Sunday, October 18, 2009

Adam and Eve- What can we learn

Who were Adam and Eve? They were the first human beings to have the breath of G-D blown into them. However, does that mean that they were created as humans originally or is it possible that evolution occurred and once monkey like creatures evolved into man, then G-D blew life into that creature? Either way man exists, but his origin still remains vague and unclear. The bible describes the creation of the world, but it is so cryptic that it is really impossible to understand its true meaning. Even stranger, there are opinions in Judaism, such as the Rambam, that hold that Adam and Eve are allegorical.

The question to ask here is does it really matter what we think Adam was or is the importance the lessons we can learn from his story. Actually, this is a question one can ask throughout all of history, does it matter what Abraham Lincoln looked like or does it just matter what he did? Was Julius Cesar a tyrant or a great leader? These are all questions that are, in essence, irrelevant since we can never know the truth for certain, but we can definitely learn lessons from his life.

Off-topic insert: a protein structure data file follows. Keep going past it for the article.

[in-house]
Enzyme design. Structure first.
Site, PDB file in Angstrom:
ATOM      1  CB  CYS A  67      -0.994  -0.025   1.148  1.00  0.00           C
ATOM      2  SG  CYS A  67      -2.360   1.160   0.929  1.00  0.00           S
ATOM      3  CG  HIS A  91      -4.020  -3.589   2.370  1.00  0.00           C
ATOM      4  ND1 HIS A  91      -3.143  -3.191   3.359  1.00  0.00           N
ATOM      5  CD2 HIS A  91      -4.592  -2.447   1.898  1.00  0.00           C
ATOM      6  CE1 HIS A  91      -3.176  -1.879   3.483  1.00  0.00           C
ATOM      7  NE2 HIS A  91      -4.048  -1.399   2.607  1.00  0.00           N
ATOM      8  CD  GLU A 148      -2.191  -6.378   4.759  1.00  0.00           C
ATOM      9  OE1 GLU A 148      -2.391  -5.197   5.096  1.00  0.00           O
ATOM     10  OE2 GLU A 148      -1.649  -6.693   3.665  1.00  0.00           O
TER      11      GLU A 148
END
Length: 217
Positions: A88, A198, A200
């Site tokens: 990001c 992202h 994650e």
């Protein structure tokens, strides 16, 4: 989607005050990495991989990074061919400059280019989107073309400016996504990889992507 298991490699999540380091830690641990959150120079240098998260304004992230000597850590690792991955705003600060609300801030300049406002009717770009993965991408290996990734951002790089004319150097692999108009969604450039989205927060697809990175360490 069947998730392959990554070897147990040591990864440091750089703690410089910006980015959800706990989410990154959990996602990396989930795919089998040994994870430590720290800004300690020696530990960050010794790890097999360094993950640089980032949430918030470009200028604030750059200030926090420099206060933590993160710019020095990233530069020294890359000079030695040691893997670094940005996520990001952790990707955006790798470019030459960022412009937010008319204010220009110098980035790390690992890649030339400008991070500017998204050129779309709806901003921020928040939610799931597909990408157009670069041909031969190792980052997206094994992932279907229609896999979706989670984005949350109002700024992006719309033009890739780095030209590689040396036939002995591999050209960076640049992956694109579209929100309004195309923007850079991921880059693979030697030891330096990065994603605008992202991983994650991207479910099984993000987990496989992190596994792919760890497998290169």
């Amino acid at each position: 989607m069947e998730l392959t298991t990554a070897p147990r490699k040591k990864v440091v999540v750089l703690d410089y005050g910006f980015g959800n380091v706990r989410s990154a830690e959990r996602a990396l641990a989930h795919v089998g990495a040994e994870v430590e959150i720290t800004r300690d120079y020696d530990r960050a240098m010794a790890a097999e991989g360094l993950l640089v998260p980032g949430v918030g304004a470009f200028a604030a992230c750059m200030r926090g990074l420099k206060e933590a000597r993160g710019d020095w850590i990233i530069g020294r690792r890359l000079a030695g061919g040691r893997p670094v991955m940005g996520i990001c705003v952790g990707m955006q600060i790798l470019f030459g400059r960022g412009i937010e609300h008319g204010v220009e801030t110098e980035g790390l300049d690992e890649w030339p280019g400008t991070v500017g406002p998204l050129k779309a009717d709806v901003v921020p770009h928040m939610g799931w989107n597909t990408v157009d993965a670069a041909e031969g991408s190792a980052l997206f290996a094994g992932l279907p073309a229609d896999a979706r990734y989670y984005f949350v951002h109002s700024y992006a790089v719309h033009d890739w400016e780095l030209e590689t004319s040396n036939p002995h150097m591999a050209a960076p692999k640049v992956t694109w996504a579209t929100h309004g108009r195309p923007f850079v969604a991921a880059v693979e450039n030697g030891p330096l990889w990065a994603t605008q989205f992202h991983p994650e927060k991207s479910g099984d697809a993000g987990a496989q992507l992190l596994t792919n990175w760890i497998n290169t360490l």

Now that we understand that the Adam story is allegorical and what should be learned is the lesson so what is the lesson? The Rambam in his famous book The Guide for the Perplexed says, "In the history of the first sin of man, Adam, Eve, and the serpent represent the intellect, the body, and the imagination. In order to complete the imagery, Samael or Satan, mentioned in the Midrash in connection with this account, is added as representing man's appetitive faculties. Imagination, the source of error, is directly aided by the appetitive faculty, and the two are intimately connected with the body, so which man generally gives paramount attention, and for the sake of which he indulges in sins; in the end, however, they subdue the intellect and weaken its power. Instead of obtaining pure and real knowledge, man forms false conceptions; in consequence, the body is subject to suffering, whilst the imagination, instead of being guided by the intellect and attaining a higher development becomes debased and depraved." The Rambam is trying to teach us that giving into our desires causes our intellect to suffer. By giving into our animalistic desires we take away from our ability to achieve a higher intellect and more knowledge.

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